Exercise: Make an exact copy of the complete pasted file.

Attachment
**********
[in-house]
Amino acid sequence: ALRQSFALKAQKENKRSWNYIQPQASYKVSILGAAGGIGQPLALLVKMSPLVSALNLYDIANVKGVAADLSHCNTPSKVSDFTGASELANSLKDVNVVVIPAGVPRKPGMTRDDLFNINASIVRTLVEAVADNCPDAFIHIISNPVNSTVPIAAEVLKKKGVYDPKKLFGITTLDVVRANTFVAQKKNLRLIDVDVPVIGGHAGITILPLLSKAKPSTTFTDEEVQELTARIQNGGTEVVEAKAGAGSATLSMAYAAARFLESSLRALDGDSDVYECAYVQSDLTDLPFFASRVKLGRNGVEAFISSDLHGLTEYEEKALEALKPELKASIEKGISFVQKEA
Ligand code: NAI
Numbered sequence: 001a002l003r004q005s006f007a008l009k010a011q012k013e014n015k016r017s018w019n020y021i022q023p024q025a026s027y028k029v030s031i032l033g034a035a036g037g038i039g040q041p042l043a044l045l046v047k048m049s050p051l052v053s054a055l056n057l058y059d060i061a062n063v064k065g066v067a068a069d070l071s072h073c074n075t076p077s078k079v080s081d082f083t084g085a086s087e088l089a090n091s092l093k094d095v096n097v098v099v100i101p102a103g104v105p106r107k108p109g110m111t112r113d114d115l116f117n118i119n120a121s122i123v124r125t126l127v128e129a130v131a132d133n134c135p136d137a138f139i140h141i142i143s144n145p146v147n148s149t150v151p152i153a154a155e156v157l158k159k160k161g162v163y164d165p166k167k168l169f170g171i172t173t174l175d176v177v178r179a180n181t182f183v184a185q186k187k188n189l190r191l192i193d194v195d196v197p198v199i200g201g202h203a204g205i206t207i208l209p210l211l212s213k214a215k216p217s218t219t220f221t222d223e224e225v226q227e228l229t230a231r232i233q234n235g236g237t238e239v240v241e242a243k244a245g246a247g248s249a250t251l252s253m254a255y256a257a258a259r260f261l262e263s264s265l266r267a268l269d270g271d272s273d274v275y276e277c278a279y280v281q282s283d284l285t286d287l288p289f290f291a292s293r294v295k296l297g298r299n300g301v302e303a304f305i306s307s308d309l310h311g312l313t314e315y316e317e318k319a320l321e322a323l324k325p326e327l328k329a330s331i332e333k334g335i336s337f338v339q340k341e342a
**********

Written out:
[in-house]
Amino acid sequence: ALRQSFALKAQKENKRSWNYIQPQASYKVSILGAAGGIGQPLALLVKMSPLVSALNLYDIANVKGVAADLSHCNTPSKVSDFTGASELANSLKDVNVVVIPAGVPRKPGMTRDDLFNINASIVRTLVEAVADNCPDAFIHIISNPVNSTVPIAAEVLKKKGVYDPKKLFGITTLDVVRANTFVAQKKNLRLIDVDVPVIGGHAGITILPLLSKAKPSTTFTDEEVQELTARIQNGGTEVVEAKAGAGSATLSMAYAAARFLESSLRALDGDSDVYECAYVQSDLTDLPFFASRVKLGRNGVEAFISSDLHGLTEYEEKALEALKPELKASIEKGISFVQKEA
Ligand code: NAI
Numbered sequence: 001a002l003r004q005s006f007a008l009k010a011q012k013e014n015k016r017s018w019n020y021i022q023p024q025a026s027y028k029v030s031i032l033g034a035a036g037g038i039g040q041p042l043a044l045l046v047k048m049s050p051l052v053s054a055l056n057l058y059d060i061a062n063v064k065g066v067a068a069d070l071s072h073c074n075t076p077s078k079v080s081d082f083t084g085a086s087e088l089a090n091s092l093k094d095v096n097v098v099v100i101p102a103g104v105p106r107k108p109g110m111t112r113d114d115l116f117n118i119n120a121s122i123v124r125t126l127v128e129a130v131a132d133n134c135p136d137a138f139i140h141i142i143s144n145p146v147n148s149t150v151p152i153a154a155e156v157l158k159k160k161g162v163y164d165p166k167k168l169f170g171i172t173t174l175d176v177v178r179a180n181t182f183v184a185q186k187k188n189l190r191l192i193d194v195d196v197p198v199i200g201g202h203a204g205i206t207i208l209p210l211l212s213k214a215k216p217s218t219t220f221t222d223e224e225v226q227e228l229t230a231r232i233q234n235g236g237t238e239v240v241e242a243k244a245g246a247g248s249a250t251l252s253m254a255y256a257a258a259r260f261l262e263s264s265l266r267a268l269d270g271d272s273d274v275y276e277c278a279y280v281q282s283d284l285t286d287l288p289f290f291a292s293r294v295k296l297g298r299n300g301v302e303a304f305i306s307s308d309l310h311g312l313t314e315y316e317e318k319a320l321e322a323l324k325p326e327l328k329a330s331i332e333k334g335i336s337f338v339q340k341e342a